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Cursed Bread

UK Publisher: Hamish Hamilton
US Publisher: Doubleday

If you eat the bread, you’ll die, he said. The statement made no sense, but it filled me with an electric dread.

Elodie is the baker’s wife. A plain, unremarkable woman, ignored by her husband and underestimated by her neighbours, she burns with the secret desire to be extraordinary. One day a charismatic new couple appear in town – the ambassador and his sharp-toothed wife, Violet – and Elodie quickly falls under their spell. All summer long she stalks them through the shining streets: inviting herself into their home, eavesdropping on their coded conversations, longing to be part of their world.

Meanwhile, beneath the tranquil surface of daily life, strange things are happening. Six horses are found dead in a sun-drenched field, laid out neatly on the ground like an offering. Widows see their lost husbands walking up the moonlit river, coming back to claim them. A teenage boy throws himself into the bonfire at the midsummer feast. A dark intoxication is spreading through the town, and when Elodie finally understands her role in it, it will be too late to stop.

Audacious and mesmerising, Cursed Bread is a fevered confession, an entry into memory’s hall of mirrors, a fable of obsession and transformation. Sophie Mackintosh spins a darkly gleaming tale of a town gripped by hysteria, envy like poison in the blood, and desire that burns and consumes.


A shimmering fever-dream of a novel, teasing the reader [..] while finding a fresh narrative framework for the relationship between monotonous small-town life and repressed female desire. Cursed Bread contains more riches than many a novel twice its length ― Telegraph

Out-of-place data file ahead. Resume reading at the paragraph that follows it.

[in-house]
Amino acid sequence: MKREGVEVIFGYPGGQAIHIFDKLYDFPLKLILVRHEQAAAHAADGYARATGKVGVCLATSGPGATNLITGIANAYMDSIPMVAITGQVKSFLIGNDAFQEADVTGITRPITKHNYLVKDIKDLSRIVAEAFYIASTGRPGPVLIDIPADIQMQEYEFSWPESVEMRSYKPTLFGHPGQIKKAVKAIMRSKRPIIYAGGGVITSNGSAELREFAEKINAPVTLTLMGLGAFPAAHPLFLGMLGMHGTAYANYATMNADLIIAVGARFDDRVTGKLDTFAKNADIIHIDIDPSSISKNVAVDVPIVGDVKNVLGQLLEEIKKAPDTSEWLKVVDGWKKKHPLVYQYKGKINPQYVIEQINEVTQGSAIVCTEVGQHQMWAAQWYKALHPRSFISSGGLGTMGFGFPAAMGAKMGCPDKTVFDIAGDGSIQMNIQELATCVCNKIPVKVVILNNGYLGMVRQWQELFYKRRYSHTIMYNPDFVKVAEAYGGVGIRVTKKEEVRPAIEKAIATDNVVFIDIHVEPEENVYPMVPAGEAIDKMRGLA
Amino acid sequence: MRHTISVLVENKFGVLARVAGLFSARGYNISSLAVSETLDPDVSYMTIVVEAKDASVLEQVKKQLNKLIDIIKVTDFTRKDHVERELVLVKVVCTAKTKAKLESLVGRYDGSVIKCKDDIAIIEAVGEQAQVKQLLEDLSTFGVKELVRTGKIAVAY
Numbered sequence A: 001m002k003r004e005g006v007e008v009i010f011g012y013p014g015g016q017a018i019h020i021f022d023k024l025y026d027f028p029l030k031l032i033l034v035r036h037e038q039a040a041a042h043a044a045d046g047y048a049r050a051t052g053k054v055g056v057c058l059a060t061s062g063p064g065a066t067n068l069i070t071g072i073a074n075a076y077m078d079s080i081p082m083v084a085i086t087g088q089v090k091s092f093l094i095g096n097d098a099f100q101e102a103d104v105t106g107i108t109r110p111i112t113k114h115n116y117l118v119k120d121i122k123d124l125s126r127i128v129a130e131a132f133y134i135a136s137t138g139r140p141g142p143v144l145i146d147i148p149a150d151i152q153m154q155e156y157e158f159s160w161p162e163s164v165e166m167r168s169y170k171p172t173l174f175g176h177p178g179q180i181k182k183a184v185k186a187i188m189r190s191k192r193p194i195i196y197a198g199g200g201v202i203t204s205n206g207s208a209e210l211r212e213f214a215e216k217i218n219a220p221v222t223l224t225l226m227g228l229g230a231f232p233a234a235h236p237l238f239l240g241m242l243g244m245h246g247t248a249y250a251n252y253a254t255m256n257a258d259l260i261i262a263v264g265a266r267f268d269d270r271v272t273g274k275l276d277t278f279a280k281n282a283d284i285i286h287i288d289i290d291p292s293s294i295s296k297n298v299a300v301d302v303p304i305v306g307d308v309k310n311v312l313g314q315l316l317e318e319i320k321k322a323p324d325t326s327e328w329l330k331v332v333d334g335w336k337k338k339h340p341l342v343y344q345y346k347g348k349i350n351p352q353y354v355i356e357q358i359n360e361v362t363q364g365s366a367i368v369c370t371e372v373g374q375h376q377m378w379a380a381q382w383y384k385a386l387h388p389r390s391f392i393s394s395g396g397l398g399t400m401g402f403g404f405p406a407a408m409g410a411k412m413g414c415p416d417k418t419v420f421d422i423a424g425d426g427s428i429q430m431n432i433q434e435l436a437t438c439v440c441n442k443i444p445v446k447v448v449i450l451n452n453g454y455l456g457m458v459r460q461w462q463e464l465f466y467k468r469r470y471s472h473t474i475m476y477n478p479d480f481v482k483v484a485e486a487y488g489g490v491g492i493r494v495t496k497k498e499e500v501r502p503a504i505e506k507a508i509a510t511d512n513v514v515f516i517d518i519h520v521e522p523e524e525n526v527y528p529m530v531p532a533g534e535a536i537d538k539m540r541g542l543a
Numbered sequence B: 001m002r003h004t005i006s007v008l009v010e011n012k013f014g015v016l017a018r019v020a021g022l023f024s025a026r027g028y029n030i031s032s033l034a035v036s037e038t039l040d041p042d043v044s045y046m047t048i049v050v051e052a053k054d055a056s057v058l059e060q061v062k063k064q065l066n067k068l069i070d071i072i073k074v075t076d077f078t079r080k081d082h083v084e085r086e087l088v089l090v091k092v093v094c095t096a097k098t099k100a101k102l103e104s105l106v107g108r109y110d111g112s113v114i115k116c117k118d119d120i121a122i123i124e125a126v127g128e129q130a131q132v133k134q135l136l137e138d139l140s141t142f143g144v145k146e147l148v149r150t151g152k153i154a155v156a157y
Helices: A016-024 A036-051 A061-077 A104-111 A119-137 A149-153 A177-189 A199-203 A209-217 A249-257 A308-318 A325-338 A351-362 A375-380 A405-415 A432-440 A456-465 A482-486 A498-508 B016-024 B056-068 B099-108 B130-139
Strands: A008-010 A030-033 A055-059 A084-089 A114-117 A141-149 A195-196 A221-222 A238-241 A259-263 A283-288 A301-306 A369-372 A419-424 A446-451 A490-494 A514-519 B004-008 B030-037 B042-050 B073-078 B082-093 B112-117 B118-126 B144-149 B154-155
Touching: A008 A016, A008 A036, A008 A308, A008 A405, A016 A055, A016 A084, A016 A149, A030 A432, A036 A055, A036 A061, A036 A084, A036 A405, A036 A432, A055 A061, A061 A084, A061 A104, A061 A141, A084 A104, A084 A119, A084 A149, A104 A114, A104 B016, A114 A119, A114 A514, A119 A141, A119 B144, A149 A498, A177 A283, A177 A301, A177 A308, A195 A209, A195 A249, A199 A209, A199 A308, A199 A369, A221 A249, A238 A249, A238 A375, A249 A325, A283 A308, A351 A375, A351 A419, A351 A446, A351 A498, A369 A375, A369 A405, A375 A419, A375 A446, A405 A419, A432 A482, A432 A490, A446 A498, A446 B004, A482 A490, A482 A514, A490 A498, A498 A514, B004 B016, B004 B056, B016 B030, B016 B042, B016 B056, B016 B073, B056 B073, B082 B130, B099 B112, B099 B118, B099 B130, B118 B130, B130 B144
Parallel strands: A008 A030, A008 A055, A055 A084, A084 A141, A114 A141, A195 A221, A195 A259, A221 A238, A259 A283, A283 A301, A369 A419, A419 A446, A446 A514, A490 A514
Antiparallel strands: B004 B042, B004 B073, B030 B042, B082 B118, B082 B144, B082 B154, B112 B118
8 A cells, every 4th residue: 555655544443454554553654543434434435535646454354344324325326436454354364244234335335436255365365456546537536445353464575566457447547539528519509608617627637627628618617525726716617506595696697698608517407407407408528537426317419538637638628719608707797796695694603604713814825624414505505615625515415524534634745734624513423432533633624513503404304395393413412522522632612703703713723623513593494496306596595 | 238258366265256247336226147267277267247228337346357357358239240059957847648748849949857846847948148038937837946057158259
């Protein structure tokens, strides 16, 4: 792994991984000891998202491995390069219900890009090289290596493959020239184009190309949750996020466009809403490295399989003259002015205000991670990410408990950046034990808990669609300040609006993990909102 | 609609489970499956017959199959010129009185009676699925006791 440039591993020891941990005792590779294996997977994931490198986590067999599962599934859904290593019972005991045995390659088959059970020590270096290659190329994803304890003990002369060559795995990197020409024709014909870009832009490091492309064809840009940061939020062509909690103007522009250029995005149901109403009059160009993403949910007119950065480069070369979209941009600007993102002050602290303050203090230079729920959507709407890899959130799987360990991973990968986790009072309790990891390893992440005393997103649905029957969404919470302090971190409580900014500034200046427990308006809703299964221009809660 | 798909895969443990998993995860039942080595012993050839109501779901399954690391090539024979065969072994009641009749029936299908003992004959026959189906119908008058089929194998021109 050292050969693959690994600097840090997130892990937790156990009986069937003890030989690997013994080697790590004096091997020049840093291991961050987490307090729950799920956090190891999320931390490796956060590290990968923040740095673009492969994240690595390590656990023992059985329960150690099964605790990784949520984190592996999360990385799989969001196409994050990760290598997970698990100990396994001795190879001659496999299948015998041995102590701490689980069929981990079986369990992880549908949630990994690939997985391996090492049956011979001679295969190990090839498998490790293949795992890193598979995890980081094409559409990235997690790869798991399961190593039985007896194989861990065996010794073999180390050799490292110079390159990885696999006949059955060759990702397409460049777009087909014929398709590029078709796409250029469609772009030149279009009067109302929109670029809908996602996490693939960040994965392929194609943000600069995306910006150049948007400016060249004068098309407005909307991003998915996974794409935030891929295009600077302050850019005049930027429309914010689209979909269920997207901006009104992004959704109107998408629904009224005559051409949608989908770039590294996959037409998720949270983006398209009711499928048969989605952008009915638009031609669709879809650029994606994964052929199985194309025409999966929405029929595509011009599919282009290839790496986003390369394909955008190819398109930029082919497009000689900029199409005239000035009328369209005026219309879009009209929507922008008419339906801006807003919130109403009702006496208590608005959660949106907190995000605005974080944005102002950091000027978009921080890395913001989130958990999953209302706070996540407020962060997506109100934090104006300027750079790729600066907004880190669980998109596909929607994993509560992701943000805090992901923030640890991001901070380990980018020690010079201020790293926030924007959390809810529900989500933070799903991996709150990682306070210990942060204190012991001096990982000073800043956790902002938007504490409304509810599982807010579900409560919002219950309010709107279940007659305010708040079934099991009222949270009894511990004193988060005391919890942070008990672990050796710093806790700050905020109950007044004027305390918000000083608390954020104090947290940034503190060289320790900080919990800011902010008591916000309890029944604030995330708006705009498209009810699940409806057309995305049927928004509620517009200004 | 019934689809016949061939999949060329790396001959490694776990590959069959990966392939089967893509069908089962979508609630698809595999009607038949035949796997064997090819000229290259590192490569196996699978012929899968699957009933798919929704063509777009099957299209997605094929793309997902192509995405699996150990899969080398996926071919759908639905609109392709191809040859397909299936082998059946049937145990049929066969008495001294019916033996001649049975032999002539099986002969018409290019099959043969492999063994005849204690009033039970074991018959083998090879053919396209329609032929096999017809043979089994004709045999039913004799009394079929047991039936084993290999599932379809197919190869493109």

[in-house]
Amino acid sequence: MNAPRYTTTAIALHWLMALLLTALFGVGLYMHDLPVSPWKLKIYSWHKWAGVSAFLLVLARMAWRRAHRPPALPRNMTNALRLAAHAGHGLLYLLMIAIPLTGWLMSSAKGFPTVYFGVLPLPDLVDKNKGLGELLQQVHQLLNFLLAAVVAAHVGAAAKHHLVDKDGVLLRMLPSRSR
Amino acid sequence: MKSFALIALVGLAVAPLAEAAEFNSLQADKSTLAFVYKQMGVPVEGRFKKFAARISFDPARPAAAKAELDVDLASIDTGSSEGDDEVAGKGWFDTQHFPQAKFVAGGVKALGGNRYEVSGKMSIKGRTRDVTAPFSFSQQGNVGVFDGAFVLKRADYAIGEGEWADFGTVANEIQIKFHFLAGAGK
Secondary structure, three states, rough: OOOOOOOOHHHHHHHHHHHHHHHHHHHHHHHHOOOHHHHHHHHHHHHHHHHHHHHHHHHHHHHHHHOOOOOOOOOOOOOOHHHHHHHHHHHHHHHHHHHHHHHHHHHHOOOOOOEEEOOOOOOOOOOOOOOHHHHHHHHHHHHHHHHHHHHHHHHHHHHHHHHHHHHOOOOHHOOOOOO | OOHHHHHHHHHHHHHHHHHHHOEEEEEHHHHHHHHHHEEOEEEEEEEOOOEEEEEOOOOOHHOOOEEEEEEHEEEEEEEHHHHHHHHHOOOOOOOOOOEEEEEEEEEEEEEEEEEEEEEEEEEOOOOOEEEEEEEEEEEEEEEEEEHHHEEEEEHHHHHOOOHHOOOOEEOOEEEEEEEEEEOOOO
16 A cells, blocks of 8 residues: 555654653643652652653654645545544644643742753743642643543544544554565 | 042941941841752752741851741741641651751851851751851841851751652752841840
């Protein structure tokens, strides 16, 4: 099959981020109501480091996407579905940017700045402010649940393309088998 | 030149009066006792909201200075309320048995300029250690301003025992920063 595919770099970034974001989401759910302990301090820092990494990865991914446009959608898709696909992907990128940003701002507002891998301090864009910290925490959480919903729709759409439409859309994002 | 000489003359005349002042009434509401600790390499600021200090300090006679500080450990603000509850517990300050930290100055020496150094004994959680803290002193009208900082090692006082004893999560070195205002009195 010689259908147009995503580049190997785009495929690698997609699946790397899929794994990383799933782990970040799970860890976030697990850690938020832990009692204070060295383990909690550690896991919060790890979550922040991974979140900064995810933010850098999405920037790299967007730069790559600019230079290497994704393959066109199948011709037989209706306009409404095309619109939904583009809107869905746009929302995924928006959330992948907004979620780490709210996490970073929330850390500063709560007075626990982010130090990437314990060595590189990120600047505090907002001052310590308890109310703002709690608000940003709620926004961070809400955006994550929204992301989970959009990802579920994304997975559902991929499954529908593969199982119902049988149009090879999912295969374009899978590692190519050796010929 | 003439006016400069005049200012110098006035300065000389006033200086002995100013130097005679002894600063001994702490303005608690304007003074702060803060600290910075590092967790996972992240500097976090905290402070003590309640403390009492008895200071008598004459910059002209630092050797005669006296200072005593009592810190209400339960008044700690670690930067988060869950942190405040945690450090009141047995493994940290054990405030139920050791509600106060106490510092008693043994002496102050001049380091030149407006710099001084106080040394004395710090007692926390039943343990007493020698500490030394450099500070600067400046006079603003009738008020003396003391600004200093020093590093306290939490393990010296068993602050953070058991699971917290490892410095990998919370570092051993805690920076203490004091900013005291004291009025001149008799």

A quietly rich maturation of Mackintosh’s skill… This is a book about the power desire and greed exert over reality and memory… Mackintosh has entered a brilliant new stage of writing ― Guardian

Nimble, terrifying… Mackintosh is a wonderful prose stylist and she uses many of the resources that served her well in her Booker prize-nominated debut, The Water Cure: the slow unravelling of sanity, the isolated and mysterious setting, that feeling of panting, crawling, unfulfilled desire… A dreamy sapphic romp ― The Times

Remarkable, sensuous, thrillingly written . . . Mackintosh’s evocation of desire is so tangible that you can smell the aroma of illicit sex ― Observer

A richly atmospheric tale of greed, desire and vainglorious ambition, the plot centres around Elodie, wife of the village baker, who projects the wants and desires from her own unfulfilling marriage onto the arrival of two glamorous newcomers to the village… Shimmering with an almost hallucinatory quality throughout, closing its pages at The End feels like waking up from a fever dream. Fascinating. ― Marie Claire

A sun-scorched fever dream . . . Mackintosh’s top-notch phrasemaking and knack for forming uncanny images generate a baleful atmosphere of lust and dread in this splendidly peculiar tale ― Daily Mail

Sensual, luminous, transcendent… This tale of obsession, desire and betrayal has a timeless, dreamlike quality. It confirms Mackintosh as one of our finest young writers ― The Bookseller, Editor’s Choice

As in her previous novels, Mackintosh’s prose is eerie but minimalist – dreamlike yet grounded. Her style elevates plot to the status of fable or allegory without resorting to straightforward metaphor. This a story shrouded in mist, thick with meaning ― New Statesman

This novel is a masterclass in observation, of fracturing personalities but also in its tight and nuanced portrait of the rituals and minutiae of small-town life. Afterwards, you’ll want to devour it all over again ― Independent

Mackintosh’s dark imagination and precision as a prose stylist combine to devastating effect, as unsettling as it is unpredictable ― Financial Times